How to help your dog adjust to your busier lifestyle after lockdown

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With an end to lockdown measures in the UK in sight, and restrictions on our day-to-day lives gently easing, we’ll soon find ourselves spending less time at home.

So how will your dog cope with this change? Greta Inglis, dog behaviour consultant for Wamiz, explains how to ease the transition for your dog as restrictions gradually ease, and the best ways to help your dog integrate into your updated lifestyle.

How can you prepare your dog for a busier lifestyle?

Preparing your dog for a busier lifestyle is important, particularly if they have become used to spending the majority of their time in your company. Teaching your dog to settle calmly on their bed can help prepare them for time home alone.

Reinforce time spent on their bed or in their den area, rewarding relaxation regularly – and combine this with physical and mental stimulation for a well-balanced and happy dog.

Helping your dog feel safe on their own takes time and practice. Puzzle feeders, snuffle mats and search games can help keep your dog feeling mentally stimulated in your absence.

Physical stimulation is equally as important if they are going to spend more time alone. This will vary depending on your dog’s breed – if your dog loves other dogs, make sure they get out meeting dogs on walks; if they love to explore, let them sniff. This will go a long way in helping them relax in your absence.

Which breeds of dog are more suited to time alone?

Some dog breeds need more social interaction than others. These dogs breeds are known for being independent and low-maintenance in terms of their need for company: 

  • Akita 
  • Chow Chow
  • Afghan Hound
  • Shar Pei
  • Greyhound
  • Basset Hound

Although these breeds are known for their independence, this doesn’t necessarily mean they will be happy being left alone all day and night for eight hours at a time.

Which breeds require more attention?

Some dog breeds are notoriously human-oriented, thriving on company and attention from their people, such as:

  • French Bulldog
  • Border Collie
  • Golden Retriever
  • German Shepherd
  • Italian Greyhound
  • Hungarian Vizsla

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What are the less obvious signs of separation anxiety to look out for?

Dogs are very perceptive and sensitive to changes in their environment, and there may be triggers that signal your departure you’re not even aware of.

Pacing and panting can both be signs of stress, in addition to lip licking and yawning. The most common signs are barking, whining and, in some cases, urination or defecation. Looking out for these more subtle signals could help you support your dog during the adjustment period, before these more noticeable behaviours manifest and the problem is harder to address.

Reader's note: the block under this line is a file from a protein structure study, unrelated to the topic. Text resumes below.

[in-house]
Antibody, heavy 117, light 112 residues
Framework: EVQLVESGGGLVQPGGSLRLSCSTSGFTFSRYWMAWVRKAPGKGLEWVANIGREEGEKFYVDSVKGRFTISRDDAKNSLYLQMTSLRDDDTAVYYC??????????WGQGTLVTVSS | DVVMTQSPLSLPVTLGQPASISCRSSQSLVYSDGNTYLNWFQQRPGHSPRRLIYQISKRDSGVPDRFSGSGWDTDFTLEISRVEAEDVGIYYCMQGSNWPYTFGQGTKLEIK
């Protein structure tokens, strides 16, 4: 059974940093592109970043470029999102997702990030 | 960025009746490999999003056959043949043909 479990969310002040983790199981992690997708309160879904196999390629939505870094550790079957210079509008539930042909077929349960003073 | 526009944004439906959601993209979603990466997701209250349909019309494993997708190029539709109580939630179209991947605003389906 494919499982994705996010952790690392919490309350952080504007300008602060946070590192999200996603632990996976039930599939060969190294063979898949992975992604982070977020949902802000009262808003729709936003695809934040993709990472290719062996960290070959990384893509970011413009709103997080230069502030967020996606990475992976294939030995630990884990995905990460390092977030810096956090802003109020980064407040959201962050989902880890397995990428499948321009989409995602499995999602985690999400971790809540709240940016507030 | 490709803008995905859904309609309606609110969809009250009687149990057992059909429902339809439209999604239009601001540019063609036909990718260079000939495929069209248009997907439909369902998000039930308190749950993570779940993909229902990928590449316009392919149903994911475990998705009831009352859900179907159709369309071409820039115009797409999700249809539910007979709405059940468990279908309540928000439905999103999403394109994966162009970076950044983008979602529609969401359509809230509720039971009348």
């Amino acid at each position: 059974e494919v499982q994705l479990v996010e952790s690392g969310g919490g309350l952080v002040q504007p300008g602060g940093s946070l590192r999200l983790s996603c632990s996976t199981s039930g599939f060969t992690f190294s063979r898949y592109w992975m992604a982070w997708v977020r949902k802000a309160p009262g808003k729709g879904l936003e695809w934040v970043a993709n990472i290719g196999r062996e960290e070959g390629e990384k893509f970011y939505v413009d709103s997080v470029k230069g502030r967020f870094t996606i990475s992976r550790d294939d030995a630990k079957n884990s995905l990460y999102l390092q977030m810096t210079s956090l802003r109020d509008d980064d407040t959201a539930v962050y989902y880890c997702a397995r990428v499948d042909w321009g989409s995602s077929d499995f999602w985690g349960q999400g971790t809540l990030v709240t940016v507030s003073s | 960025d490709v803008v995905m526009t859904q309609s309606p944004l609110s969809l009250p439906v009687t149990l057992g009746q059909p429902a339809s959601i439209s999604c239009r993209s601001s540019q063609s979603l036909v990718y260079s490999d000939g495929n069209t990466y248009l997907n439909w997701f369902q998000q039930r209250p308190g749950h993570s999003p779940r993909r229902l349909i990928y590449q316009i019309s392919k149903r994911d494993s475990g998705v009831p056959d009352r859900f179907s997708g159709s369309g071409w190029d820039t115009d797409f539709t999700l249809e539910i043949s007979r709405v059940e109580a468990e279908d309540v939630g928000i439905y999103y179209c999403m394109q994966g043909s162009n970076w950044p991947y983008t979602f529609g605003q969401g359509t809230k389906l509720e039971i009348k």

How can separation anxiety be avoided?

Positive reinforcement training is the best way to avoid separation anxiety. Starting as soon as your dog joins your household can help to set them up for success.

It can be really useful to video your dog and check how they respond – if your dog reacts when you leave, either through stress signals such as pacing, panting, or more intensely through vocalisation, this means you have moved too quickly. Go back a step to a point your dog was comfortable and then slowly increase the time you leave them alone.

How to help train your dog to re-adapt to a busy lifestyle

Behaviour modification programmes which look at building up the amount of time your dog is left alone, can really help your dog settle into a busier lifestyle. Following the steps below can help to address any triggers that signal your departure and cause stress:

  • Start with absences of only a couple of seconds, if your dog is very anxious, it may only involve steps towards the door so be sure to return and comfort them.
  • Increase the distance between you and your dog, and the timeframe they are alone, taking a step back if they show signs of stress. Tip – You can help your dog get used to the feeling of being alone by leaving the TV or radio on or by using food puzzles and enrichment. 
  • Try to change your dog’s reaction to actions that signal you are leaving. An example of this is picking up your keys. Sit calmly with your dog and touch your keys. As soon as they make a low-level noise, treat your dog with something tasty and go about your business.
  • Gradually build on the noise and interaction with the item, building positive associations through food rewards and then carrying on as usual. This helps show your dog nothing bad comes of the trigger and will help when you do need to leave them alone.

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If you have home cameras with a microphone, should you avoid reassuring your dog?

If you have a home camera with a microphone, it may be tempting to speak to your dog. Whilst this in itself isn’t bad, and depending on the dog, could go some way in alleviating their stress, it is worth bearing in mind that the sound from an unidentifiable source could cause confusion to your dog.

Additionally, if your dog becomes too used to this, and you won’t be able to consistently offer reassurance, this could cause further anxiety in the long run. Where possible work on training your dog to feel comfortable home alone by themselves.

This is a guest essay by Greta Inglis. Want to write for us? Visit www.dogstodaymagazine.co.uk/essay-submission or email editorial@dogstodaymagazine.co.uk

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